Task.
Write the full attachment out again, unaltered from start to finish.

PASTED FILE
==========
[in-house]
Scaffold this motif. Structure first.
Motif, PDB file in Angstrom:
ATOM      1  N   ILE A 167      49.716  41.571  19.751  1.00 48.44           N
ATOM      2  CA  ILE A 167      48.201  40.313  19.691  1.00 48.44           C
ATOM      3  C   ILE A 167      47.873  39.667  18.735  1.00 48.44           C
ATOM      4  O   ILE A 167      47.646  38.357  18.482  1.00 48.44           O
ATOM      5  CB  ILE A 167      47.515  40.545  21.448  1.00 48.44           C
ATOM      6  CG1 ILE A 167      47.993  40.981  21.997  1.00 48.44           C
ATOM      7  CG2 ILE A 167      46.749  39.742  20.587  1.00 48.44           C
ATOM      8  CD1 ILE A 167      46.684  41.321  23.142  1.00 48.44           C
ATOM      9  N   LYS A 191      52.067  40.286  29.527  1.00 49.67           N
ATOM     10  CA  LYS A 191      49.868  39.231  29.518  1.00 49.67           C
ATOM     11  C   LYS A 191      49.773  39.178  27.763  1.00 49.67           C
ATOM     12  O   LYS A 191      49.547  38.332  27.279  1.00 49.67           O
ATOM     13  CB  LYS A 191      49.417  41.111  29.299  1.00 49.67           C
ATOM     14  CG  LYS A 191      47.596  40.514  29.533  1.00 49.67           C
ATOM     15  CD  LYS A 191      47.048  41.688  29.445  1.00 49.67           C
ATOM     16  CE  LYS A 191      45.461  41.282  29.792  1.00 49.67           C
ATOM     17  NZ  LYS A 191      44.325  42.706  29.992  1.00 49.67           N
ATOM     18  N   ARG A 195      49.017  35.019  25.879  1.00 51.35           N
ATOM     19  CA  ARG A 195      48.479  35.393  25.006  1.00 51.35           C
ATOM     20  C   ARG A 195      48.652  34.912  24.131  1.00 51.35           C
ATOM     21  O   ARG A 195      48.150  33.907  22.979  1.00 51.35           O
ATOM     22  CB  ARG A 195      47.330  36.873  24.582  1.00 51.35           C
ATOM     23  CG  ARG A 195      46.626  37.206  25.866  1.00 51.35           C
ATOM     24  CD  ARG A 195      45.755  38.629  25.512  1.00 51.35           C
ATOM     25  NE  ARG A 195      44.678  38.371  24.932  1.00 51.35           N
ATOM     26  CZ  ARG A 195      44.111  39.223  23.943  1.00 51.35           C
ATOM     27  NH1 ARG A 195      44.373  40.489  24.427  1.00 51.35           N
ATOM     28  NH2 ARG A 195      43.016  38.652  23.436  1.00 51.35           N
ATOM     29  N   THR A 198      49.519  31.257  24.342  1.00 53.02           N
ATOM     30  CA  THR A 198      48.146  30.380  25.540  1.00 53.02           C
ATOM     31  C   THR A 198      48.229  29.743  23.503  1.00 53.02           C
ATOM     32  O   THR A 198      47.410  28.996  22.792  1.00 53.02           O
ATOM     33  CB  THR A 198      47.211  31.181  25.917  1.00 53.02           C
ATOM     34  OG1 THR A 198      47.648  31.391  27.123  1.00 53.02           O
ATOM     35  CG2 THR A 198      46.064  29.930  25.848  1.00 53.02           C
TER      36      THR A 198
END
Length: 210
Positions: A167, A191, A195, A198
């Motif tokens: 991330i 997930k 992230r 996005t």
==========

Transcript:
[in-house]
Scaffold this motif. Structure first.
Motif, PDB file in Angstrom:
ATOM      1  N   ILE A 167      49.716  41.571  19.751  1.00 48.44           N
ATOM      2  CA  ILE A 167      48.201  40.313  19.691  1.00 48.44           C
ATOM      3  C   ILE A 167      47.873  39.667  18.735  1.00 48.44           C
ATOM      4  O   ILE A 167      47.646  38.357  18.482  1.00 48.44           O
ATOM      5  CB  ILE A 167      47.515  40.545  21.448  1.00 48.44           C
ATOM      6  CG1 ILE A 167      47.993  40.981  21.997  1.00 48.44           C
ATOM      7  CG2 ILE A 167      46.749  39.742  20.587  1.00 48.44           C
ATOM      8  CD1 ILE A 167      46.684  41.321  23.142  1.00 48.44           C
ATOM      9  N   LYS A 191      52.067  40.286  29.527  1.00 49.67           N
ATOM     10  CA  LYS A 191      49.868  39.231  29.518  1.00 49.67           C
ATOM     11  C   LYS A 191      49.773  39.178  27.763  1.00 49.67           C
ATOM     12  O   LYS A 191      49.547  38.332  27.279  1.00 49.67           O
ATOM     13  CB  LYS A 191      49.417  41.111  29.299  1.00 49.67           C
ATOM     14  CG  LYS A 191      47.596  40.514  29.533  1.00 49.67           C
ATOM     15  CD  LYS A 191      47.048  41.688  29.445  1.00 49.67           C
ATOM     16  CE  LYS A 191      45.461  41.282  29.792  1.00 49.67           C
ATOM     17  NZ  LYS A 191      44.325  42.706  29.992  1.00 49.67           N
ATOM     18  N   ARG A 195      49.017  35.019  25.879  1.00 51.35           N
ATOM     19  CA  ARG A 195      48.479  35.393  25.006  1.00 51.35           C
ATOM     20  C   ARG A 195      48.652  34.912  24.131  1.00 51.35           C
ATOM     21  O   ARG A 195      48.150  33.907  22.979  1.00 51.35           O
ATOM     22  CB  ARG A 195      47.330  36.873  24.582  1.00 51.35           C
ATOM     23  CG  ARG A 195      46.626  37.206  25.866  1.00 51.35           C
ATOM     24  CD  ARG A 195      45.755  38.629  25.512  1.00 51.35           C
ATOM     25  NE  ARG A 195      44.678  38.371  24.932  1.00 51.35           N
ATOM     26  CZ  ARG A 195      44.111  39.223  23.943  1.00 51.35           C
ATOM     27  NH1 ARG A 195      44.373  40.489  24.427  1.00 51.35           N
ATOM     28  NH2 ARG A 195      43.016  38.652  23.436  1.00 51.35           N
ATOM     29  N   THR A 198      49.519  31.257  24.342  1.00 53.02           N
ATOM     30  CA  THR A 198      48.146  30.380  25.540  1.00 53.02           C
ATOM     31  C   THR A 198      48.229  29.743  23.503  1.00 53.02           C
ATOM     32  O   THR A 198      47.410  28.996  22.792  1.00 53.02           O
ATOM     33  CB  THR A 198      47.211  31.181  25.917  1.00 53.02           C
ATOM     34  OG1 THR A 198      47.648  31.391  27.123  1.00 53.02           O
ATOM     35  CG2 THR A 198      46.064  29.930  25.848  1.00 53.02           C
TER      36      THR A 198
END
Length: 210
Positions: A167, A191, A195, A198
């Motif tokens: 991330i 997930k 992230r 996005t």